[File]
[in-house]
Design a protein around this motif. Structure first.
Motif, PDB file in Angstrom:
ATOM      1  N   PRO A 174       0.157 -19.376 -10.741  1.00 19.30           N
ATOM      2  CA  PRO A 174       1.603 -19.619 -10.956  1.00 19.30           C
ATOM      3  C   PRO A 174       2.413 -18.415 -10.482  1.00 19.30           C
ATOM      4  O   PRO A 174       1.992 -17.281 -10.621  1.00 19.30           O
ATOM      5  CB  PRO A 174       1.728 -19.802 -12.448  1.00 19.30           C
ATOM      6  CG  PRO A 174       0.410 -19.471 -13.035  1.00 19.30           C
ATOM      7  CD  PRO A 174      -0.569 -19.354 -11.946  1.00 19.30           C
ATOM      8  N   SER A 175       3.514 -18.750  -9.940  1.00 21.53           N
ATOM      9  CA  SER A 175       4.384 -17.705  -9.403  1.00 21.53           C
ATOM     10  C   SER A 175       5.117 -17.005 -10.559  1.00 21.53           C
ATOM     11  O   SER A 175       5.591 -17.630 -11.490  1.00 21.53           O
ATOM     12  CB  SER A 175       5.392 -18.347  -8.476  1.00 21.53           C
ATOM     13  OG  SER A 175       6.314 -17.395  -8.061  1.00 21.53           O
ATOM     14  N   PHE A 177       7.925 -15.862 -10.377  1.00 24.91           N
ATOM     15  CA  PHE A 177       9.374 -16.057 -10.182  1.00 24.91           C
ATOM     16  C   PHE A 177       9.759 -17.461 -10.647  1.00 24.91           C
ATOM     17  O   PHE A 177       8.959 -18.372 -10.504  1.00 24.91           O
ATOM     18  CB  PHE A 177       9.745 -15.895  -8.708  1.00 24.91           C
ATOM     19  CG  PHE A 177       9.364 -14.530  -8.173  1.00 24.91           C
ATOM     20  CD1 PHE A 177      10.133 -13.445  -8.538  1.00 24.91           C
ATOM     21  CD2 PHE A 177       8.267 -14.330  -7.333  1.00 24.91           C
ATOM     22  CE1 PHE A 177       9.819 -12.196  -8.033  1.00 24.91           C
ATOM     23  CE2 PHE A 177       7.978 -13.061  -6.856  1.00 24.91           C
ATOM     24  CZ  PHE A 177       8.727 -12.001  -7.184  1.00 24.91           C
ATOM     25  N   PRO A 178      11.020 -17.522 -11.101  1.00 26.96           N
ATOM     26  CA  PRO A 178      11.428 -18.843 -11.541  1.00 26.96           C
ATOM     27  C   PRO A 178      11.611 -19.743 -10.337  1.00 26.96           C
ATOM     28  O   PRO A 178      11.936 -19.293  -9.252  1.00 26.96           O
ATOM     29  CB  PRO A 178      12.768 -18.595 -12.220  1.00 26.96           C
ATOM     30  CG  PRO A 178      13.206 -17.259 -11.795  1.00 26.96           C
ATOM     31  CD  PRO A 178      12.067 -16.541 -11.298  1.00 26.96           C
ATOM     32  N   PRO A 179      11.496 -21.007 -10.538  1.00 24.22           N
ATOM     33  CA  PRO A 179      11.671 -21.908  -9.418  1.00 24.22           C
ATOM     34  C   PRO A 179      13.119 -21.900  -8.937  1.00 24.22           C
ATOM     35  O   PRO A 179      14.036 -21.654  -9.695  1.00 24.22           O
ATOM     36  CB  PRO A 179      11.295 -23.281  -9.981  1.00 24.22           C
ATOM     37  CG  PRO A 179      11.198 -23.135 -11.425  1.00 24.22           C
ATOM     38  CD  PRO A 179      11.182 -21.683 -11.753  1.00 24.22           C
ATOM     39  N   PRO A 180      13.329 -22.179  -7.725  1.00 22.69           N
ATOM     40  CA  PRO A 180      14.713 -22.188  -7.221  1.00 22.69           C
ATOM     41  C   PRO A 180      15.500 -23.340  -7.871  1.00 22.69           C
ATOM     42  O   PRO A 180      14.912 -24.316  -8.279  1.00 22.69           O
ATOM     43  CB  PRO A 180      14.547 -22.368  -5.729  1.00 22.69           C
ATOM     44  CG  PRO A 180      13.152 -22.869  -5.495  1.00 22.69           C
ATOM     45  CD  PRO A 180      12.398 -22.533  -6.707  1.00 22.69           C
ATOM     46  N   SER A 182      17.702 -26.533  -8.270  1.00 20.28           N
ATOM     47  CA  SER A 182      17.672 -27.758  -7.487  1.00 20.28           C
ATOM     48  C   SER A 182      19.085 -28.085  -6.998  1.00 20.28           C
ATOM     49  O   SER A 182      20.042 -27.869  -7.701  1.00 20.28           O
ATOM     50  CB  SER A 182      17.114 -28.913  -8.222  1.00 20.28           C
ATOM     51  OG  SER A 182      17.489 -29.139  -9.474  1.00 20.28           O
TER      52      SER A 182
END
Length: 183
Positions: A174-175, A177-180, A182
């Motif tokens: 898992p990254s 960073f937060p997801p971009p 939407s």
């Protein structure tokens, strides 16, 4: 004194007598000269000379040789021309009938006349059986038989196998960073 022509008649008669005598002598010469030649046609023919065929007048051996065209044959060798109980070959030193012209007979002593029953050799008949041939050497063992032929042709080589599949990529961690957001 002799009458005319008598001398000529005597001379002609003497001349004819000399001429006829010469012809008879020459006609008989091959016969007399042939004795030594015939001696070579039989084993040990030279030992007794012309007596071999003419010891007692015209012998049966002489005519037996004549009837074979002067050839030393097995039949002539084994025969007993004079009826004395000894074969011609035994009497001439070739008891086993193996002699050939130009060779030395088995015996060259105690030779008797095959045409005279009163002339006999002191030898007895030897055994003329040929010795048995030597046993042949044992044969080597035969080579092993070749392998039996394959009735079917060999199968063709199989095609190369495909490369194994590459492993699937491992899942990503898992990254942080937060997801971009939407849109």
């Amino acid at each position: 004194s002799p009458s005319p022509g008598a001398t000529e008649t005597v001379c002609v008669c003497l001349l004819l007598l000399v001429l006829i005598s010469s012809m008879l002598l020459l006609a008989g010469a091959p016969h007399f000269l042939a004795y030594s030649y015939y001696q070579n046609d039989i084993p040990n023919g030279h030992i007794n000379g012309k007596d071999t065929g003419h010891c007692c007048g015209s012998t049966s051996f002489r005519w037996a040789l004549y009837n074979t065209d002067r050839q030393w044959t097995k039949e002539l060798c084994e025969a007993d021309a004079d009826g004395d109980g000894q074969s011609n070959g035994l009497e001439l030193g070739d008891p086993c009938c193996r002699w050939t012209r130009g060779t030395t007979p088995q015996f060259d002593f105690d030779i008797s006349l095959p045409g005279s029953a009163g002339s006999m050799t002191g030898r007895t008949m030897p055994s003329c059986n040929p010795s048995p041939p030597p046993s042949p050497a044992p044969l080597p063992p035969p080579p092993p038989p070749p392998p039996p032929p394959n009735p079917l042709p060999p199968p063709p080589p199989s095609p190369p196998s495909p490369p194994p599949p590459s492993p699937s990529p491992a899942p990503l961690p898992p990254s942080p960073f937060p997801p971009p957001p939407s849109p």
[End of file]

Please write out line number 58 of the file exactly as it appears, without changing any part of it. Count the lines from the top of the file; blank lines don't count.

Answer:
Positions: A174-175, A177-180, A182